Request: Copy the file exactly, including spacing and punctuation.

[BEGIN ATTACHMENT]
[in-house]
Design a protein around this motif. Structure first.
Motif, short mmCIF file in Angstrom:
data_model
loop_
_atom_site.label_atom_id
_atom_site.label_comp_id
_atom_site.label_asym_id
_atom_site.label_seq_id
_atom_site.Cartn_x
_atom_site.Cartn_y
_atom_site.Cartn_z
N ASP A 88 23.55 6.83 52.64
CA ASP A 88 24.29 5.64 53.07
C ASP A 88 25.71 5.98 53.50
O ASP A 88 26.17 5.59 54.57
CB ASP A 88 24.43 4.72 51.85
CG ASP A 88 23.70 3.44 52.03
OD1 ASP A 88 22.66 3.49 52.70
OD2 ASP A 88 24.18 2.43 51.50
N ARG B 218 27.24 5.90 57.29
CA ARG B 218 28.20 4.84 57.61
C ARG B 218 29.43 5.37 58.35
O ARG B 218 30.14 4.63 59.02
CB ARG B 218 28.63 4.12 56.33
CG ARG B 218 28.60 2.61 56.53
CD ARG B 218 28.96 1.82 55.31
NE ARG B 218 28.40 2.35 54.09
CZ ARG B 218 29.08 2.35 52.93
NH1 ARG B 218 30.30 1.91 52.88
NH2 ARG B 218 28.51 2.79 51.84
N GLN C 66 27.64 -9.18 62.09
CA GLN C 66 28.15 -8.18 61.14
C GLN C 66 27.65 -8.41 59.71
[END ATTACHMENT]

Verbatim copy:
[in-house]
Design a protein around this motif. Structure first.
Motif, short mmCIF file in Angstrom:
data_model
loop_
_atom_site.label_atom_id
_atom_site.label_comp_id
_atom_site.label_asym_id
_atom_site.label_seq_id
_atom_site.Cartn_x
_atom_site.Cartn_y
_atom_site.Cartn_z
N ASP A 88 23.55 6.83 52.64
CA ASP A 88 24.29 5.64 53.07
C ASP A 88 25.71 5.98 53.50
O ASP A 88 26.17 5.59 54.57
CB ASP A 88 24.43 4.72 51.85
CG ASP A 88 23.70 3.44 52.03
OD1 ASP A 88 22.66 3.49 52.70
OD2 ASP A 88 24.18 2.43 51.50
N ARG B 218 27.24 5.90 57.29
CA ARG B 218 28.20 4.84 57.61
C ARG B 218 29.43 5.37 58.35
O ARG B 218 30.14 4.63 59.02
CB ARG B 218 28.63 4.12 56.33
CG ARG B 218 28.60 2.61 56.53
CD ARG B 218 28.96 1.82 55.31
NE ARG B 218 28.40 2.35 54.09
CZ ARG B 218 29.08 2.35 52.93
NH1 ARG B 218 30.30 1.91 52.88
NH2 ARG B 218 28.51 2.79 51.84
N GLN C 66 27.64 -9.18 62.09
CA GLN C 66 28.15 -8.18 61.14
C GLN C 66 27.65 -8.41 59.71